Following on from our last post, introducing how we mapped counter-terrorism in the UK, our analysis indicated we have good reason to suggest that counter-terrorism review involves multiple institutions and government actors in varied and potentially interacting and opaque ways. Counter-terrorism review can be automatic, as in required by statute periodically or by sunset clause; complaint triggered, such as through ombudsman, professional standards complaints, commissioners, or an independent reviewer; politically triggered, for example in reaction to an incident or campaign, MPs’ questions, or Parliamentary Committee Inquiry; or d hoc, such as other forms of inquiry or regulatory review. While these categories will be our starting point for further research, we do not envision them to be static or divorced from one another. Rather, we are particularly interested in where and how they overlap and interact.
To establish which review mechanisms we should subject to more in-depth qualitative analysis, we worked through some of the mechanisms we had identified. First, we looked at automatic reviews to try to identify relevant statutory reviews.
As you can see, our first attempt highlighted a range of Acts and powers that required review. In so doing, it became clear that we might be able to divide these into different types as some are annual, like the Terrorism Act 2000; others are periodic, like the Immigration Act 2014; some are one off, like the Data Retention and Investigatory Powers Act 2014; and some are continuous but not fixed by a timetable, like Terrorism Prevention and Investigation Measures. These differences suggest that legislative approaches to review may not conform to a singular pattern. Furthermore, there may not be established best-practice in CTR. It is clear that as far as statutory counter-terrorism powers are concerned, a singular comprehensive review mechanism is not apparent.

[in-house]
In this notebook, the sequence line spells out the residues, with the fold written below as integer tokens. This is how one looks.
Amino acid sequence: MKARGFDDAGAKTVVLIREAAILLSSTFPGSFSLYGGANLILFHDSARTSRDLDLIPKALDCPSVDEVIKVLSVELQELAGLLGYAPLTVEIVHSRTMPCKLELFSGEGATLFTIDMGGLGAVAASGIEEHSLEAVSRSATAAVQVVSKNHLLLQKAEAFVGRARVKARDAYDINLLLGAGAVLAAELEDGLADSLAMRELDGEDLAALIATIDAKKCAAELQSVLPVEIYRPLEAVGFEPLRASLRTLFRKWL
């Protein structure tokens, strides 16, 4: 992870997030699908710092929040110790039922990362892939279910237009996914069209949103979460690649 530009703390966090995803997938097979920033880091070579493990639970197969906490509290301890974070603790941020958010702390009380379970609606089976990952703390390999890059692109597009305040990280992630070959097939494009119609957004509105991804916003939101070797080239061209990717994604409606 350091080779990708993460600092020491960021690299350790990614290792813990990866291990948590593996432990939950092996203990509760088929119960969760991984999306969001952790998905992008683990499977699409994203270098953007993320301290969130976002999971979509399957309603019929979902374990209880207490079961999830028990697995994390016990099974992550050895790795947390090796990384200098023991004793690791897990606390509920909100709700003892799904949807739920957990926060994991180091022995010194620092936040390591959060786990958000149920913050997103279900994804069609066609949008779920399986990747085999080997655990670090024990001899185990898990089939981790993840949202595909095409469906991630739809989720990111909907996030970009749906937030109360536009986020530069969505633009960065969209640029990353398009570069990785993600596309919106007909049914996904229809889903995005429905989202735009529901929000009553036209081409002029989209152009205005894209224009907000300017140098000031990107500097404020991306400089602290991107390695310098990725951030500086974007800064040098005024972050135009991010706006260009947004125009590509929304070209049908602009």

Next, we attempted a different approach to the material, focusing not on the general statutes or institutions, but on specific powers. Approaching the material in different ways should indicate overlaps between the different mechanisms and highlight the various ways in which a review or complaint could arise. We chose to look at the seizure of travel documents under Part 1 of the Counter Terrorism and Security Act (CTSA) 2015. So, what happens when someone has their passport seized? Who takes it and how is the use of that power reviewed?
Working through the different regulations and likely responses to the seizure of a travel document, we established that reviews can and should take place at a number of points and by a number of bodies. These include various institutions of the criminal justice system which might be expected (the police and its administration, customs officials, judicial authorisation, and the Crown Prosecution Service), but also the Independent Office for Police Conduct (IOPC, formerly the Independent Police Complaints Commission), Parliamentary Review, and the Independent Reviewer of Terrorism Legislation. Where additional counter-terrorism powers are used in conjunction with the power to seize travel documents, then the relevant review mechanisms of those powers will also come into play.
From this we can deduce that in relation to the seizure of travel documents, there are a number of interlocking counter-terrorism review mechanisms. Some are triggered automatically, such as judicial authorisation for retaining a document beyond the initial seizure period. Other reviews are only triggered by complaint, such as when the IOPC get involved or when Parliament decides to review the Secretary of State’s decision to cancel or extend the seizure. Some elements need further analysis, such as whether there is a separate or additional review mechanism for Qualified Immigration Officials.
It became evident that to understand the practice of counter-terrorism review we will need to engage with a range of actors from a cross-section of the Government, Parliament, the Courts, Ombudsman, Police and complaints processes.